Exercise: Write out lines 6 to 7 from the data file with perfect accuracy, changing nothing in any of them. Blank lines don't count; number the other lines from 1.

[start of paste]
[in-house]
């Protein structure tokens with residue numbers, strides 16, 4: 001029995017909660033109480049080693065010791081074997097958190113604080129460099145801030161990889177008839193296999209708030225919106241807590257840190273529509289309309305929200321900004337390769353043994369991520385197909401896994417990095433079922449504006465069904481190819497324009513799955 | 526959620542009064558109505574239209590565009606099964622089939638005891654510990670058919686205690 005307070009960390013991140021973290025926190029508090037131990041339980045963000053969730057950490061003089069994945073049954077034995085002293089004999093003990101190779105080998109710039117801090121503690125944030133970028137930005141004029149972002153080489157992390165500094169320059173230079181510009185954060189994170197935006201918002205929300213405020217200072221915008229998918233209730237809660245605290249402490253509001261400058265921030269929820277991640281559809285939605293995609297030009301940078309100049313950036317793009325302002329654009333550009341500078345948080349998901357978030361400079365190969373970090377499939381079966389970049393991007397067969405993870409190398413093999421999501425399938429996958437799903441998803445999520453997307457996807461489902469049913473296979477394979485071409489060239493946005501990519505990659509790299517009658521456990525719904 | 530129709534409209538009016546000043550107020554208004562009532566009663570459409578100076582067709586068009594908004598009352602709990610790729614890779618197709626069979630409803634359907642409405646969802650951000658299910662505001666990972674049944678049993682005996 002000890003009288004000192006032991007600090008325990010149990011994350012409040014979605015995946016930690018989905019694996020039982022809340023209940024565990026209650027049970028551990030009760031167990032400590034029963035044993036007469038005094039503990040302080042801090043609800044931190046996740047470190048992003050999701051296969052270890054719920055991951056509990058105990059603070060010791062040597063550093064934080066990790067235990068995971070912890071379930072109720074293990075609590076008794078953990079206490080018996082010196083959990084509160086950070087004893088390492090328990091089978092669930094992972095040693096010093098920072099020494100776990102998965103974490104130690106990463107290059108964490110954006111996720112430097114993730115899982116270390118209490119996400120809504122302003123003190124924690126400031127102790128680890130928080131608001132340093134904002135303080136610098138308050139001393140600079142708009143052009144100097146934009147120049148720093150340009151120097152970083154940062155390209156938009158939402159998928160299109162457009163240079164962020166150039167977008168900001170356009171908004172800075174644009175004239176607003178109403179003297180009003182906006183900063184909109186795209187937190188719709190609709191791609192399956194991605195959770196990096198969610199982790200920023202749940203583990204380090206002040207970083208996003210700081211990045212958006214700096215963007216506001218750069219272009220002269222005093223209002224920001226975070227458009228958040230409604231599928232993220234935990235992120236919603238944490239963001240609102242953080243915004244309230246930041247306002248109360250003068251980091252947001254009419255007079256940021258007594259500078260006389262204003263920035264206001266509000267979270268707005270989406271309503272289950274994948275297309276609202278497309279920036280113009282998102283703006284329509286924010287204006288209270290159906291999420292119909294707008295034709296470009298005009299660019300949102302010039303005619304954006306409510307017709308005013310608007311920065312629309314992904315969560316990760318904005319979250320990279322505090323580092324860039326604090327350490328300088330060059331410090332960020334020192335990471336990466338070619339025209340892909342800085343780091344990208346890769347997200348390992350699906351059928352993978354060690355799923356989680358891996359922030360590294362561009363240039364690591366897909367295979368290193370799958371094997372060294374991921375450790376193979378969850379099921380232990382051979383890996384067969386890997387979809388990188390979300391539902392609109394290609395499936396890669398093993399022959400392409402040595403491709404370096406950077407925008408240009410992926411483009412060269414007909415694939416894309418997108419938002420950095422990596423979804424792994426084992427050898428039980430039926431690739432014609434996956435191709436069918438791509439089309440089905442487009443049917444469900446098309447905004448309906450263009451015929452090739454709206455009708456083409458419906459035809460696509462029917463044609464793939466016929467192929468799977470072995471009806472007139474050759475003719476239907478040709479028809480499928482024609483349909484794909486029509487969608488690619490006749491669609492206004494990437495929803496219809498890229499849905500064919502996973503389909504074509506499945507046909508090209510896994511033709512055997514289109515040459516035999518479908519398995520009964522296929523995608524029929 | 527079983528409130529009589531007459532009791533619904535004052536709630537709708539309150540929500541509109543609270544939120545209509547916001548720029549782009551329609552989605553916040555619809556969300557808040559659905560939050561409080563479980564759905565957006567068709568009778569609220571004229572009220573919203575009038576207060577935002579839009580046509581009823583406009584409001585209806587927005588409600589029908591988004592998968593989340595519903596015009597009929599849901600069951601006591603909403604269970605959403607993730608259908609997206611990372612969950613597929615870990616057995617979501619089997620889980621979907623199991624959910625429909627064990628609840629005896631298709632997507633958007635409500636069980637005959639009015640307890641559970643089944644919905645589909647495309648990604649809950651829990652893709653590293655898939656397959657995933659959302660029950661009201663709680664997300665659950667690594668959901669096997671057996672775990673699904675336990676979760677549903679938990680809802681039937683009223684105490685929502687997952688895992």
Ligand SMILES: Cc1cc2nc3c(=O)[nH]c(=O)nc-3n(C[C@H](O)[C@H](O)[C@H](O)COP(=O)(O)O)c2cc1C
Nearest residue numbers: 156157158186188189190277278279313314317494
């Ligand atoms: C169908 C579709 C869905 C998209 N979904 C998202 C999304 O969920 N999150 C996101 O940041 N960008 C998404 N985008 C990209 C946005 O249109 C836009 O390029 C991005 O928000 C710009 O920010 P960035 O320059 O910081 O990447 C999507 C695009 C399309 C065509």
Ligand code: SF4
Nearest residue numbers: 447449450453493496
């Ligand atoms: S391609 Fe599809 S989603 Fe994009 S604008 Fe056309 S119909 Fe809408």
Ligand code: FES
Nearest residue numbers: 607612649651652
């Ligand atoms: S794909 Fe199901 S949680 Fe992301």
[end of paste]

Ligand code: SF4
Nearest residue numbers: 447449450453493496